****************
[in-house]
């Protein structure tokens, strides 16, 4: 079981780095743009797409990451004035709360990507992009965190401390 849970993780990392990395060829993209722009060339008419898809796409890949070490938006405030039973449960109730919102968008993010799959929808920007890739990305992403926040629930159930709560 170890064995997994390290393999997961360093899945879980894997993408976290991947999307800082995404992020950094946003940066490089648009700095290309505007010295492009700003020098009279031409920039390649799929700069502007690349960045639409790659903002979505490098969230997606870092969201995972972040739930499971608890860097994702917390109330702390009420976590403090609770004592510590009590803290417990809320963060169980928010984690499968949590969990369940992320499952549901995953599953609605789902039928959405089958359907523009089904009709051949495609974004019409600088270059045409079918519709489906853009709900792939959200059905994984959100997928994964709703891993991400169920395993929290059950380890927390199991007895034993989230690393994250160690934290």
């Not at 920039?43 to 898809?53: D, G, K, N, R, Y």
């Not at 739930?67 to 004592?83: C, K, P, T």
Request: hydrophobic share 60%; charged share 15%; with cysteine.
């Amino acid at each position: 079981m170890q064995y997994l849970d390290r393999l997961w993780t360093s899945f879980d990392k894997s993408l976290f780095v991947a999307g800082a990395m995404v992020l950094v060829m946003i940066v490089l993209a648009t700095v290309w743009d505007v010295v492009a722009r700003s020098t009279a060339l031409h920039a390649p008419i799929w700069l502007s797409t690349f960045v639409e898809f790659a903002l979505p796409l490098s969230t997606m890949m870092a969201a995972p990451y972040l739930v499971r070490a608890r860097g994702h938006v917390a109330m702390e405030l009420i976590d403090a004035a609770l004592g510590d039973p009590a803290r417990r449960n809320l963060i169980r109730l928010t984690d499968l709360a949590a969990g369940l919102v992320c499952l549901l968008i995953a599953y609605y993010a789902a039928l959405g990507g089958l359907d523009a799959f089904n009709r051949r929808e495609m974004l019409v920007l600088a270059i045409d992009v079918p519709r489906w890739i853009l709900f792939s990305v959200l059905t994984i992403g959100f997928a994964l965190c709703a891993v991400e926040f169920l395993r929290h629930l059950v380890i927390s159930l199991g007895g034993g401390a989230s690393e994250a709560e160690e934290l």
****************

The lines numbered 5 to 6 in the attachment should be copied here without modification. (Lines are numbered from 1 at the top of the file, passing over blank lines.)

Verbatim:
Request: hydrophobic share 60%; charged share 15%; with cysteine.
């Amino acid at each position: 079981m170890q064995y997994l849970d390290r393999l997961w993780t360093s899945f879980d990392k894997s993408l976290f780095v991947a999307g800082a990395m995404v992020l950094v060829m946003i940066v490089l993209a648009t700095v290309w743009d505007v010295v492009a722009r700003s020098t009279a060339l031409h920039a390649p008419i799929w700069l502007s797409t690349f960045v639409e898809f790659a903002l979505p796409l490098s969230t997606m890949m870092a969201a995972p990451y972040l739930v499971r070490a608890r860097g994702h938006v917390a109330m702390e405030l009420i976590d403090a004035a609770l004592g510590d039973p009590a803290r417990r449960n809320l963060i169980r109730l928010t984690d499968l709360a949590a969990g369940l919102v992320c499952l549901l968008i995953a599953y609605y993010a789902a039928l959405g990507g089958l359907d523009a799959f089904n009709r051949r929808e495609m974004l019409v920007l600088a270059i045409d992009v079918p519709r489906w890739i853009l709900f792939s990305v959200l059905t994984i992403g959100f997928a994964l965190c709703a891993v991400e926040f169920l395993r929290h629930l059950v380890i927390s159930l199991g007895g034993g401390a989230s690393e994250a709560e160690e934290l």